Housing in the U.S. is getting more expensive all the time — especially lately. A real estate research firm found rent across the country increased by about 11% last year. Now one of the last affordable housing options left in America are mobile homes, but people are being priced out of those, too.
A growing number of investors are buying up these parks as many of the longtime owners are retiring and looking to sell. While many people own their mobile homes, they still have to pay rent for the land they sit on. When investors come in, they often raise that rent and other fees.
One report from June 2021 showed investors made up almost a quarter of mobile home park purchases between 2019 and 2021. Compared to the two-year period before, there was a 13% increase in investor ownership.
Mobile Home Park University is an organization that runs a boot camp to help investors looking to buy these parks. It says “the fact that tenants can’t afford the $5,000 it costs to move a mobile home keeps revenues stable and makes it easy to raise rents without losing any occupancy.”
More than 22 million Americans live in mobile homes, and policy experts say they could face up to a 70% rent increase. It generally comes down to what the investor decides. For these residents, an increase would have a significant impact on their ability to keep up with their finances.
George McCarthy, president and CEO of the Lincoln Institute of Land Policy, explains how this leaves many residents with nowhere else to go.
"If they can't afford the land rent and they get displaced, they end up losing their homes as well, and they end up having to abandon their homes and their homes end up falling into the ownership of the park owners who can then rent them to somebody else," McCarthy said.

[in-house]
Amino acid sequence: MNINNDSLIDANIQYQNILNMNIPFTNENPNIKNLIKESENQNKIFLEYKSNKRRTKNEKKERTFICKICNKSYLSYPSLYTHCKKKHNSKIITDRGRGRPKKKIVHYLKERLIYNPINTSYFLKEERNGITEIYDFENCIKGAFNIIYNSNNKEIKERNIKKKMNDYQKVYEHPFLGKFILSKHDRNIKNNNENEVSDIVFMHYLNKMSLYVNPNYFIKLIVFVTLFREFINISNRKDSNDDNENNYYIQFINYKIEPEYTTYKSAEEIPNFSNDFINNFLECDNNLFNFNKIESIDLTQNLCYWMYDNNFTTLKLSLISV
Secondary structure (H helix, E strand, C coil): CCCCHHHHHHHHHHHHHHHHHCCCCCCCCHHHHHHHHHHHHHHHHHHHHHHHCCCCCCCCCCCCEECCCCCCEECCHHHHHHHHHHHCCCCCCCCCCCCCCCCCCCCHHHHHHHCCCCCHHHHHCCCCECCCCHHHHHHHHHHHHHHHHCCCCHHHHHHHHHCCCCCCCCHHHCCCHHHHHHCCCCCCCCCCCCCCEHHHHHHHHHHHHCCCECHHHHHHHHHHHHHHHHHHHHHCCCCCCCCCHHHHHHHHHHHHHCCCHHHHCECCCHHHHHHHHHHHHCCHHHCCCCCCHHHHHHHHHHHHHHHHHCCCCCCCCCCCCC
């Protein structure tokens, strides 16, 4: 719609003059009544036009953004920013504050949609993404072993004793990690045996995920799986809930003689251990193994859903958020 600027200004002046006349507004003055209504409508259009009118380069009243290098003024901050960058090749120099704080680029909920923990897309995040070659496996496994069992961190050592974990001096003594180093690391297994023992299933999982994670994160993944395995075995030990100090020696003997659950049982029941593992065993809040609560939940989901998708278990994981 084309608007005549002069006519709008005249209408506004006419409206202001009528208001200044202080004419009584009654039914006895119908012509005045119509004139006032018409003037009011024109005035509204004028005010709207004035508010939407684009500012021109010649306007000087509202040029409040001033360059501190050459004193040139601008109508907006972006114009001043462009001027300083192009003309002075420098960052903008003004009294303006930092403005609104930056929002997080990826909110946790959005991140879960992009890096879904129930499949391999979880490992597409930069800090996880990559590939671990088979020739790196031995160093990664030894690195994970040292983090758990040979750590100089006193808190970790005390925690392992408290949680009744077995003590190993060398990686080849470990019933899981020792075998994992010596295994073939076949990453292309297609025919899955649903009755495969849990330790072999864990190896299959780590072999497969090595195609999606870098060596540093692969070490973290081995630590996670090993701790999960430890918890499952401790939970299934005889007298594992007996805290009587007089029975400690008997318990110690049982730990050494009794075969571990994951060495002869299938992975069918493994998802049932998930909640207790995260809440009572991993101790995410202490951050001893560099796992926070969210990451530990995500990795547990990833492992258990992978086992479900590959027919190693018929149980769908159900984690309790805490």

Affordable housing options are limited, and only 1 in 4 low-income households eligible for federal housing assistance actually receives it.
The federal mortgage company Fannie Mae says the annual median household income of mobile homeowners is about $35,000, which is half of the annual median income of people who own homes built on site.
The thing is, these investors aren't necessarily acting alone — they're doing this with government support.
Investors have access to government loans from agencies like Fannie Mae, which has acknowledged those mobile home owners tend to be lower income.
"Fannie Mae and Freddie Mac have a mission that requires them to preserve the affordable housing stock in the United States, and it's ironic that they're actually giving money to these private equity people who are actually making the most affordable housing in the United States less affordable all the time," McCarthy said.
To combat this problem, some mobile home park residents are coming together to try to buy their park so they have more agency over the decisions made. But it can be difficult because they don’t qualify for the same government loans that the investors do.
"A lot of them are able to buy their parks instead of the investors, but when they do, they do it with less attractive financing," McCarthy said. "That's usually provided by mission-driven organizations like Community Development Finance Institutions, and generally, the interest rates are close to twice as high for those kinds of loans as they would be from the financing from Fannie Mae or Freddie Mac. Once the community gets control of these parks, they make the investments in the park to improve them. They add community centers, they add new infrastructure, they add covered bus stops for their kids. I mean, the kinds of things that the community needs, and they don't raise the rent on themselves."
There’s been a push for state legislation requiring park owners to notify residents when they plan to sell so they have time to organize and decide if they want to make an offer, but only a handful of states, including Massachusetts and New Hampshire, have made this happen.
"Little by little as people get more and more aware of it, the states are acting, and state legislators are pushing through these opportunity to purchase legislation, so that's a good thing," McCarthy said.
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